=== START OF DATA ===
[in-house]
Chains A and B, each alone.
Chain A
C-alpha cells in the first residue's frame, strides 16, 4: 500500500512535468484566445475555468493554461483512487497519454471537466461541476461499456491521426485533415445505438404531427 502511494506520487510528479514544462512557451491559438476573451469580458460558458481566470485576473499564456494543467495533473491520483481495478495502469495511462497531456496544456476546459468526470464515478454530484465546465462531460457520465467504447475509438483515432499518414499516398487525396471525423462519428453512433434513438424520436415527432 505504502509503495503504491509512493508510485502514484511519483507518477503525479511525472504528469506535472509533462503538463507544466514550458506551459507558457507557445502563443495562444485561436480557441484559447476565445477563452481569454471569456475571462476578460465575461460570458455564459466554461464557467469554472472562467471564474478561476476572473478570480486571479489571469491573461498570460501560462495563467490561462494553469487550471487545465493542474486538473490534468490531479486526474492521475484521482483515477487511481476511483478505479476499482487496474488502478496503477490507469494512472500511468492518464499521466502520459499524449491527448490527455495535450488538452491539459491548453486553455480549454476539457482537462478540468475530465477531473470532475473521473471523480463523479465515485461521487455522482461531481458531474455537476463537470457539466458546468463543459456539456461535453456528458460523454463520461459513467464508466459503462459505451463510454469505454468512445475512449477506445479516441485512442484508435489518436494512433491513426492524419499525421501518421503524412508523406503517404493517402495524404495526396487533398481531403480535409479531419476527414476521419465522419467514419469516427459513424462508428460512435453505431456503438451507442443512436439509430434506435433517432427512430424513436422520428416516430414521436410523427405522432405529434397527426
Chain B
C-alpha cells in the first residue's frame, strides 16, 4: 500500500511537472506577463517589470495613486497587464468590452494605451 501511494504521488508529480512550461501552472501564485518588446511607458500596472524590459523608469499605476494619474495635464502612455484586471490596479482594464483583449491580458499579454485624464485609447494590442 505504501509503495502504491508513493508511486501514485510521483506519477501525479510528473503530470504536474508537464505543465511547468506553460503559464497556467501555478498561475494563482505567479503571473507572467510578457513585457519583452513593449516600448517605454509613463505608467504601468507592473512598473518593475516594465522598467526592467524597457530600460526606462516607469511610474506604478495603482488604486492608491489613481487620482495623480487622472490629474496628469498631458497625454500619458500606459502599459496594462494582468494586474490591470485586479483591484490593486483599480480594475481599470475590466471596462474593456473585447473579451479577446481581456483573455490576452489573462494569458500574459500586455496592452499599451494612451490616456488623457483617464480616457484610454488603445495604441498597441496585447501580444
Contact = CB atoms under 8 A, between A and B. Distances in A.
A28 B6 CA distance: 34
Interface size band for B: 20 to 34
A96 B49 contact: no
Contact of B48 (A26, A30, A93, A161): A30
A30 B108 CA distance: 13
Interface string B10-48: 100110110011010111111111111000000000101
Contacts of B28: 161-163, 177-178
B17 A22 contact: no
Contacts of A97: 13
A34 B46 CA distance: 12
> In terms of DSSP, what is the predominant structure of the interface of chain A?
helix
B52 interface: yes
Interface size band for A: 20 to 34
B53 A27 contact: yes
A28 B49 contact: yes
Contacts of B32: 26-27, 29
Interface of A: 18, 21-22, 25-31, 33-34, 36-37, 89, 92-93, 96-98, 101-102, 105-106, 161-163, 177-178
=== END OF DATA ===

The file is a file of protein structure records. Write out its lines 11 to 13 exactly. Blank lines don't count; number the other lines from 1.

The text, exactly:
Contact of B48 (A26, A30, A93, A161): A30
A30 B108 CA distance: 13
Interface string B10-48: 100110110011010111111111111000000000101